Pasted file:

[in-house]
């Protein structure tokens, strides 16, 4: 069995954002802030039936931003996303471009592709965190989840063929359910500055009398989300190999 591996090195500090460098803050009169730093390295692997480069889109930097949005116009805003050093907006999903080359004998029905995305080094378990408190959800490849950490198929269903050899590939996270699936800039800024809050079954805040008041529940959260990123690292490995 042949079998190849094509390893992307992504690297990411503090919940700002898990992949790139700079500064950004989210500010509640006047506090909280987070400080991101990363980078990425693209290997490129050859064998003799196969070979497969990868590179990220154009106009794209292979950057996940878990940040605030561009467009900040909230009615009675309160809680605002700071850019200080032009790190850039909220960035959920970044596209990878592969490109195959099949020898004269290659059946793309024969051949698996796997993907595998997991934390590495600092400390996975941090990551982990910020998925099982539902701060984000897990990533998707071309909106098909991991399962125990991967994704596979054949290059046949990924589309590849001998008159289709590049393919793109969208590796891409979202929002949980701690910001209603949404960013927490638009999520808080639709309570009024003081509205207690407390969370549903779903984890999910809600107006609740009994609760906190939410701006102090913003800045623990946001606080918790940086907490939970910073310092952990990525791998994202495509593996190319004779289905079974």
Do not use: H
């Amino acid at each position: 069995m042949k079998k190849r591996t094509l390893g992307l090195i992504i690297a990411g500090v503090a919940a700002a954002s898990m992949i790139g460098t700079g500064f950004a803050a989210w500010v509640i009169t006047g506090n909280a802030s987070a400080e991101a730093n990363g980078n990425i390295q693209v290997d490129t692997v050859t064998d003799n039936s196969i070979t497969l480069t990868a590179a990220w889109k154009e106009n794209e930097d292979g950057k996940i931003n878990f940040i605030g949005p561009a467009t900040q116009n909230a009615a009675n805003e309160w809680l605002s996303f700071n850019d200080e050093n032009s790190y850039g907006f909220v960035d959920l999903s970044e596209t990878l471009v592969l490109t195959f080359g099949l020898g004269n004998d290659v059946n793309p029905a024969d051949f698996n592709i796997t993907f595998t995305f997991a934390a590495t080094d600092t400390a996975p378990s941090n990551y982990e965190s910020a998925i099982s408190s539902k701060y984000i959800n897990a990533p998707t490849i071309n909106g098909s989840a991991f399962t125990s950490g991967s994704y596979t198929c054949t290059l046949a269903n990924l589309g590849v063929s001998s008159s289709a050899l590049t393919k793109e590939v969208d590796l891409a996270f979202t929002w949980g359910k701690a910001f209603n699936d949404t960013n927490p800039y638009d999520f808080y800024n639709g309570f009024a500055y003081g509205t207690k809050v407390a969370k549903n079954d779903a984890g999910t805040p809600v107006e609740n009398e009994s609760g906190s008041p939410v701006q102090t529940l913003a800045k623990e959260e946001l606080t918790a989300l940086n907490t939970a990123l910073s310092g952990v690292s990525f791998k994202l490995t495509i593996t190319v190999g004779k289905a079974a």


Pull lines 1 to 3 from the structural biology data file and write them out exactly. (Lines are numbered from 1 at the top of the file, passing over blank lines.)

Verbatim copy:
[in-house]
């Protein structure tokens, strides 16, 4: 069995954002802030039936931003996303471009592709965190989840063929359910500055009398989300190999 591996090195500090460098803050009169730093390295692997480069889109930097949005116009805003050093907006999903080359004998029905995305080094378990408190959800490849950490198929269903050899590939996270699936800039800024809050079954805040008041529940959260990123690292490995 042949079998190849094509390893992307992504690297990411503090919940700002898990992949790139700079500064950004989210500010509640006047506090909280987070400080991101990363980078990425693209290997490129050859064998003799196969070979497969990868590179990220154009106009794209292979950057996940878990940040605030561009467009900040909230009615009675309160809680605002700071850019200080032009790190850039909220960035959920970044596209990878592969490109195959099949020898004269290659059946793309024969051949698996796997993907595998997991934390590495600092400390996975941090990551982990910020998925099982539902701060984000897990990533998707071309909106098909991991399962125990991967994704596979054949290059046949990924589309590849001998008159289709590049393919793109969208590796891409979202929002949980701690910001209603949404960013927490638009999520808080639709309570009024003081509205207690407390969370549903779903984890999910809600107006609740009994609760906190939410701006102090913003800045623990946001606080918790940086907490939970910073310092952990990525791998994202495509593996190319004779289905079974």
Do not use: H